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Noah Weil on Being a Criminal Defense Lawyer

"Since I began working in criminal defense I’ve made it a personal passion that anyone charged with a crime will know their rights, and have dedicated, communicative, effective counsel working on their behalf."

Why did you go to law school?

I have always been drawn to strategic pursuits. For a while I played poker for a living. At one point I was ranked on a world-class level in a trading card game, travelling internationally for tournaments. I also wrote weekly columns and event reports, making me very comfortable with the writing and editing process. Helpful skills all for a career in the law.

I was also told since I was 4 I would be a good attorney. I loved to argue. I had no problem confronting what I felt were unfair practices. When I decided I was ready to take my next step and begin an actual career, law school was the natural option. Plus the incident I reference below limited my job prospects somewhat, which made me feel I needed more education.

When you went to law school, did you intend to become a criminal defense lawyer?

No, my undergrad background was in applied (therapeutic) psychology. My initial plan was to become involved in mediation. Everything I had done before law school involved interacting with or communicating with people in some way so I did know going in that my practice area was going to involve working directly with people. As it turned out criminal defense was a far better fit for me.

What convinced you to become a criminal defense lawyer?

I did a Rule 9 internship with Burns Peterson at Associated Counsel for the Accused. It was a transformative experience. At the time I was also interning with a civil attorney who was burned out and clearly not excited to be doing the work. ACA was full of motivated people excited to be working on the side of angels. The teamwork of ACA in particular, and the “underdog” aspect of criminal defense in general, thoroughly appealed to me. Even as a private attorney I still very much appreciate being part of the criminal defense community.

Have you ever been a prosecutor?

Although ethical prosecutors are necessary for our system to function, I’ve never been drawn to that side of the aisle.

Who is/are your mentor(s)?  What have you learned from them?

Jeff Cohen volunteered to be my mentor through WACDL and he’s been incredibly generous with his time. From Jeff I have learned about the relationship aspects involved in the work, the proclivities and preferences of opposing counsel, of judges, etc. Besides providing knowledge from his wealth of experience, he has also given me a new perspective on the practice itself.

I’ll also say the entire WACDL community is amazingly supportive of attorneys, new and experienced, when they need some help. I’m always honored when someone gives me a hand, and grateful I have the opportunity to assist others on occasion.

Tell us about a case you worked on that made you proud to be a defense lawyer:

Early on in my career, in a county I rarely appeared, I was appointed to a Violating a No-Contact Order case. The client had active probation and the new case was very challenging to defend. The prosecutor, an arrogant young attorney like myself, made an offer of 15 months in custody. Client and I agreed not to plead to a crime when the sentence would be more than a felony and instead roll the dice at trial.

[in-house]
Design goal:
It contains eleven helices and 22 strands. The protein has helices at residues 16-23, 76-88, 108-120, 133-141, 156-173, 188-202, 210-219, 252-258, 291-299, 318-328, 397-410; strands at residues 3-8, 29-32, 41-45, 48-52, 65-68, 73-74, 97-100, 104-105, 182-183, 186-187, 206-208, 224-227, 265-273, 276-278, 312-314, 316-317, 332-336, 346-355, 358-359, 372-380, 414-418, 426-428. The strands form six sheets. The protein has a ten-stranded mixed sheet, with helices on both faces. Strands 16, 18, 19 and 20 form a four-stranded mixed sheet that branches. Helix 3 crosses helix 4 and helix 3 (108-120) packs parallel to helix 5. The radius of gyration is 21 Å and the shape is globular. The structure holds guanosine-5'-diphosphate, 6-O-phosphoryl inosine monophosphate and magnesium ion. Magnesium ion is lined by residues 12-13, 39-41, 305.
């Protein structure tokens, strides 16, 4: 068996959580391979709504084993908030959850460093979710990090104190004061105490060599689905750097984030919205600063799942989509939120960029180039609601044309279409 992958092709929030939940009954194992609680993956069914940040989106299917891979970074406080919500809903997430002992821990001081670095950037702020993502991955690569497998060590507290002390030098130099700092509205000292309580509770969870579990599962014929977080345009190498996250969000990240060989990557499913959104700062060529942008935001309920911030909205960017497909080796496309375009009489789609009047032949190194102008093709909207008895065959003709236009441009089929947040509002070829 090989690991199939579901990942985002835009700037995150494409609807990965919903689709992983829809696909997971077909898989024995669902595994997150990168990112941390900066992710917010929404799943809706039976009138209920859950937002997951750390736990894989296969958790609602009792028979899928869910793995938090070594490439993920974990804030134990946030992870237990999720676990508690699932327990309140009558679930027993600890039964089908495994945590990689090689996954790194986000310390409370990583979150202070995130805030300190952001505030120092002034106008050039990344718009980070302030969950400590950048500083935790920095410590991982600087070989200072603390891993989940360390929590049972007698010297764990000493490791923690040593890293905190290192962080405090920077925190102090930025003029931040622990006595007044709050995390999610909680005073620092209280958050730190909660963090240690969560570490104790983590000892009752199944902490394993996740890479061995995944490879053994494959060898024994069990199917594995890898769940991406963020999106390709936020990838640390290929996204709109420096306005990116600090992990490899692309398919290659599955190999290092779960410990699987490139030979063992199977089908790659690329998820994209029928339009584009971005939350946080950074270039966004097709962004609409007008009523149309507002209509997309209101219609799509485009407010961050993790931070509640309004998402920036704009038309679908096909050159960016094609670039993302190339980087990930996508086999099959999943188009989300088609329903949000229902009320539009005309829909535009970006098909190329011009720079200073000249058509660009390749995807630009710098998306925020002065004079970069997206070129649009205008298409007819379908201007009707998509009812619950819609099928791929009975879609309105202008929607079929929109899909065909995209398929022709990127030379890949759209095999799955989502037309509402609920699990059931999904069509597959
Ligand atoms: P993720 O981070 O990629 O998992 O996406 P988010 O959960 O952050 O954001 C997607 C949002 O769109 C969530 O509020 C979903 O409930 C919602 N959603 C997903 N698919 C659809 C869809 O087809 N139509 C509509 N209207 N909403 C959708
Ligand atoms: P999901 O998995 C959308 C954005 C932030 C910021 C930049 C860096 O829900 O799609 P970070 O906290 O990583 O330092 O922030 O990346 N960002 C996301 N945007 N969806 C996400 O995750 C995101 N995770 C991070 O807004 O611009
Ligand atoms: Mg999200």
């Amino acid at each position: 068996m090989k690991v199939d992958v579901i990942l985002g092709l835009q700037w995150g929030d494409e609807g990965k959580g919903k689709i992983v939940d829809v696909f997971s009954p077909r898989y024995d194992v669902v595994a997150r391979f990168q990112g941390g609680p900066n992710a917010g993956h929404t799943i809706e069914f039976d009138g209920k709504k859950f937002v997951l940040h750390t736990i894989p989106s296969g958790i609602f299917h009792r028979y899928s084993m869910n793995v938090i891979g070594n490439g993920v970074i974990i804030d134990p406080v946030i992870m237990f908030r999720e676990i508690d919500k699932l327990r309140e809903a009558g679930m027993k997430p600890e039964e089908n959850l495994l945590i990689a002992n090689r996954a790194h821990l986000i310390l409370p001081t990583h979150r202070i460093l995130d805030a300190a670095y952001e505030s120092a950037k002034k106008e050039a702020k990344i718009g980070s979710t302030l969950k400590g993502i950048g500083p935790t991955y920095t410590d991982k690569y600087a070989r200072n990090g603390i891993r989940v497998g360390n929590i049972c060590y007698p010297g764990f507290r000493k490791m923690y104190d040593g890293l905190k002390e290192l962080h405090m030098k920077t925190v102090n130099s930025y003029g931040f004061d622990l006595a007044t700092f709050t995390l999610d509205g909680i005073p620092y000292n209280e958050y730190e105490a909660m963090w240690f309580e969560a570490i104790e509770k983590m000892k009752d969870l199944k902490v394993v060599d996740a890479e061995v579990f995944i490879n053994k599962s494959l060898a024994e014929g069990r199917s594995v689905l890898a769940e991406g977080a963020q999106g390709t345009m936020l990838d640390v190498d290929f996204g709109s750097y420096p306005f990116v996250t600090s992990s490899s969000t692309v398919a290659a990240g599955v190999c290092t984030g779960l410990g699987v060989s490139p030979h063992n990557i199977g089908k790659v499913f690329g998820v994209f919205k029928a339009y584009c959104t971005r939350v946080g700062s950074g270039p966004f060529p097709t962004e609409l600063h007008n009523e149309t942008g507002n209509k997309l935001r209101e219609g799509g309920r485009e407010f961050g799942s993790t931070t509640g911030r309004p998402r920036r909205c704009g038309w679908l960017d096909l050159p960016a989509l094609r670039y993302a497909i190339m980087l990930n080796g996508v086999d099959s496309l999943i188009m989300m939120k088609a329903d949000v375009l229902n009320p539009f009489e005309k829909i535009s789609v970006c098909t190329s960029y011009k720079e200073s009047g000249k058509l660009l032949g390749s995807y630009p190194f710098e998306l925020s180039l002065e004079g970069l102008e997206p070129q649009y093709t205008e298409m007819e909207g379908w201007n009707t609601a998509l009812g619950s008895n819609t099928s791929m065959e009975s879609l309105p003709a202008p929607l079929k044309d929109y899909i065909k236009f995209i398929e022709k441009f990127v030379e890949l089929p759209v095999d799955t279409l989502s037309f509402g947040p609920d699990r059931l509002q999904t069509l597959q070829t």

The prosecutor was flabbergasted I would try the case with no chance of winning. He was right—the deliberations were quick. But, the judge ultimately sentenced my client to 10 months, which meant we had made the right call.

I was proud to defend my client and make the state work for its conviction, and proud when future cases in front of that prosecutor had more productive negotiations. I learned, and have never forgotten, the ability of a criminal defense lawyer to find wins in a variety of situations.

Why did you do criminal defense?

When I was younger I got in trouble and ended up charged with a misdemeanor. I was young and dumb and the prosecutor convinced me it would go better for me if I waived my right to an attorney and just pleaded guilty to his offer. Which I did.

Many years later I learned just how offensive that prosecutor’s conduct was to our system of justice. Since I began working in criminal defense I’ve made it a personal passion that anyone charged with a crime will know their rights, and have dedicated, communicative, effective counsel working on their behalf. Looking back that youthful mistake of judgment has made me a far more effective attorney.

Briefly describe your practice.

Communication, communication, communication. My clients always know what’s going on with the case, the plan of attack, what’s likely to happen at the next hearing, and anything else they need to know, or want to know. I work with a lot of people who have never been involved in the criminal justice system, and are understandably scared. My hope is, if I’m not always able to give them good news, to at least let them know where things stand. My clients appreciate an honest perspective and, having been there myself, know how important the case is to their lives.

What else would you like WACDL members to know about you/your practice?

Me: I have two kids and will show you pictures of them until my phone runs out of battery.

My practice: In my office I have a painting showing Jack McCoy at a campfire alongside Detective Briscoe playing the guitar. It’s the best.

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